(Albany, NY) New York is one step closer to getting a boost in the number of life saving organ donors listed on the New York State Organ and Tissue Registry, Senator Neil D. Breslin (D-Delmar) has announced. The State Senate has passed Lauren’s Law, legislation (S.3885) making it mandatory for individuals who apply for a New York State Drivers License to complete the section of the application as it pertains to the organ donor registry.
Often overlooked now, this legislation requires applicants to check the box for either “yes” or “not at this time” under the organ donor registry section of the application. If an applicant forgets, which is often the case, a clerk will remind them of the need to complete that section of their application.
“Giving the gift of life is probably the most humane act anyone could perform,” said Senator Breslin. “Lauren’s Law will help bolster the number of organ donors, and fewer people will die as a result of being put on an extensive waiting list. This effort comes from the work of a brave 10-year old who recently received a heart transplant. I applaud my colleagues in the Senate for voting unanimously for this life-saving legislation.”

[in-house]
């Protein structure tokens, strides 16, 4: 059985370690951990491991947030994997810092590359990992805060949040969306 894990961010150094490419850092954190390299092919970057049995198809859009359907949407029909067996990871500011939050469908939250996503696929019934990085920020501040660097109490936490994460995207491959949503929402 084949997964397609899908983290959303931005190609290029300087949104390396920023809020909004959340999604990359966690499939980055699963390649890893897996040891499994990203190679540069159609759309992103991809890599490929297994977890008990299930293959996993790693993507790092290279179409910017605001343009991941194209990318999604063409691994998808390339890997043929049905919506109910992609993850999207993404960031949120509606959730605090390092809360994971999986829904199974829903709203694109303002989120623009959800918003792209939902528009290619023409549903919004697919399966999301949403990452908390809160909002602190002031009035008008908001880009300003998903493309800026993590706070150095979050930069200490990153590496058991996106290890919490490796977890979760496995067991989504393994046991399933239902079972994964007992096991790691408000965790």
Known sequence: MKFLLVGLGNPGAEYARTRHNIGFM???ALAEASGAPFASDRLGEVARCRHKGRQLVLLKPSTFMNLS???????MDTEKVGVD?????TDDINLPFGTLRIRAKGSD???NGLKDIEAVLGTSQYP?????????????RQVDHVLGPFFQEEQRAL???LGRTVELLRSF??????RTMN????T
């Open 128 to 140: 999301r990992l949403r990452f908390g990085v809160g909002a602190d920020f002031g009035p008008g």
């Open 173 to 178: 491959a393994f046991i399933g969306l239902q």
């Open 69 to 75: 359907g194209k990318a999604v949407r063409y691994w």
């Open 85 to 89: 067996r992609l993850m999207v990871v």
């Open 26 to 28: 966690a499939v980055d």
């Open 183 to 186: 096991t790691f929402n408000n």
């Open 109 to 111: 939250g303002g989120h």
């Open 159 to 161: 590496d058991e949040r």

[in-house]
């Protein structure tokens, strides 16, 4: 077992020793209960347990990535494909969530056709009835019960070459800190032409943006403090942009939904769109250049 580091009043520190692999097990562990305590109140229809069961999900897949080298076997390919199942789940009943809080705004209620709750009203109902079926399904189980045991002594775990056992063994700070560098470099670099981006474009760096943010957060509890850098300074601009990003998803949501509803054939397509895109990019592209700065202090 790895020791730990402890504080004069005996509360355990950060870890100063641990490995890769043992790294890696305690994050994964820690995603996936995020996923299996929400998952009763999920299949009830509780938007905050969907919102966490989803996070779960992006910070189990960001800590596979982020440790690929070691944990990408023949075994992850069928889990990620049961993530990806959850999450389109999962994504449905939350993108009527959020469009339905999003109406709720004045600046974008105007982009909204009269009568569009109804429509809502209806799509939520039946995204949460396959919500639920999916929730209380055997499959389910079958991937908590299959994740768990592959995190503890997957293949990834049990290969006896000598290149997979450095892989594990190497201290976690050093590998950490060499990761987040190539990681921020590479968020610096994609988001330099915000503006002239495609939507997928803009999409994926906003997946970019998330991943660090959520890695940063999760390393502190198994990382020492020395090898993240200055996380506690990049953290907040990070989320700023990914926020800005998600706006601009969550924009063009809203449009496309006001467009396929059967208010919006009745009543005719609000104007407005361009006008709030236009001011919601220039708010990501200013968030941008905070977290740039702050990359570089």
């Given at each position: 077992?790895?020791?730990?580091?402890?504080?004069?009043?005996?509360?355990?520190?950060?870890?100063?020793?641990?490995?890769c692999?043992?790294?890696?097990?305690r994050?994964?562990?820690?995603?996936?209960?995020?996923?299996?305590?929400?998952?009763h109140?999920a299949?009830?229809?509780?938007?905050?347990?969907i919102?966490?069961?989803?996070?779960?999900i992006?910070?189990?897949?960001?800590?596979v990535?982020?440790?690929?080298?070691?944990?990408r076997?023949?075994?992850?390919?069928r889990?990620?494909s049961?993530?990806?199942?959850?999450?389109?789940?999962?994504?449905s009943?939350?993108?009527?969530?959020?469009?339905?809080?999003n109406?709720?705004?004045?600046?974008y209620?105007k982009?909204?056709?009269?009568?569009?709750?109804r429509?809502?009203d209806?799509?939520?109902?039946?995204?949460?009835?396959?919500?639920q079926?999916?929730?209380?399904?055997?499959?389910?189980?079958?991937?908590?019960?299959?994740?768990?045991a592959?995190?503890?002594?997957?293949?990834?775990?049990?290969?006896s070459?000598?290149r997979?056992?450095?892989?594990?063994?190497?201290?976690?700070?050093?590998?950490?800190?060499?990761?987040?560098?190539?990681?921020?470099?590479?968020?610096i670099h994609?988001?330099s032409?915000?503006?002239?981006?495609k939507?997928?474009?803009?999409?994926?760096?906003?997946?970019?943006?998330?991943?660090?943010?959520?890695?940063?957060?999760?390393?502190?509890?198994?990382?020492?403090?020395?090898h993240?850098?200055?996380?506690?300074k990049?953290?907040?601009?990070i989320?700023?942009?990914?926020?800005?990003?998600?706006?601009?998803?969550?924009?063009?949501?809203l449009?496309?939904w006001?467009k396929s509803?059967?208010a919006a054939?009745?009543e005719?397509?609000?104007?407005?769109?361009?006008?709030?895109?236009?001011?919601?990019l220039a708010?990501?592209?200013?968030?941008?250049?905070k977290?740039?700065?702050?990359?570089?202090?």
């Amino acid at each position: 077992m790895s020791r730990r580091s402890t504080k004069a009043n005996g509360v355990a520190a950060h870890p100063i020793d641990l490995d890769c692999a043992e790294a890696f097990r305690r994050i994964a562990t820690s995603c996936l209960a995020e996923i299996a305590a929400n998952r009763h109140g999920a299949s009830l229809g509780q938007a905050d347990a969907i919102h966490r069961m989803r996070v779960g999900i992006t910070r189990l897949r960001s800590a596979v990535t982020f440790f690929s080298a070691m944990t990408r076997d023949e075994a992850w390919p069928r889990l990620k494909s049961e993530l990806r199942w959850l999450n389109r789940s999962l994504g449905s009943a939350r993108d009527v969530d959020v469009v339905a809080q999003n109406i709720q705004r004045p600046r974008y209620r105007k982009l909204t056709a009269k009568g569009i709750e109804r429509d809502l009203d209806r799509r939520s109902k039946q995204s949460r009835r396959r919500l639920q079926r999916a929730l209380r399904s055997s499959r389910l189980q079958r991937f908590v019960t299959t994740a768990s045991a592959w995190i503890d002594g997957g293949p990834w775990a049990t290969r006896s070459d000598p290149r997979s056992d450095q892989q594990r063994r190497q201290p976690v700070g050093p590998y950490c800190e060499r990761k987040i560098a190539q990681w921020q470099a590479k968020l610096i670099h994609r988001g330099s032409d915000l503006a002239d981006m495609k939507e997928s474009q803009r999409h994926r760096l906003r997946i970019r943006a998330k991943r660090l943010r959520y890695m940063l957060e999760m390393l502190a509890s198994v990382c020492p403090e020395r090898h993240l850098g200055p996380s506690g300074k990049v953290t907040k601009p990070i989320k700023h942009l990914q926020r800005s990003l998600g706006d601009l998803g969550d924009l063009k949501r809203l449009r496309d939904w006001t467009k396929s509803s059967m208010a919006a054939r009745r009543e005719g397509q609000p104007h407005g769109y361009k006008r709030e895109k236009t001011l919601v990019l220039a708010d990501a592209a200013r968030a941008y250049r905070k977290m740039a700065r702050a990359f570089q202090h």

The new bill is named after 10 year-old Lauren Shields from Nyack who successfully received a new heart from an organ donor. Lauren was placed on an organ transplant waiting list when her heart began to fail at 7 years old. Doctors put her on cardiac and respiratory life support, until she was able to receive a new heart.
According to the New York State Organ Donor Network, New York State currently has the lowest Donor Designation Rate (DDR) in the United States. In total, only 11 percent of eligible donors are currently enrolled in The New York State Organ and Tissue Registry.
This number starkly contrasts to the national average of 43 percent. In some states, such as Utah and Iowa, the DDR ranges between 65-70 percent. Lauren’s Law will create a new model for organ and tissue donation that is aimed at significantly increasing that percentage while taking into consideration all of a person’s individual rights to decline enrollment into the program.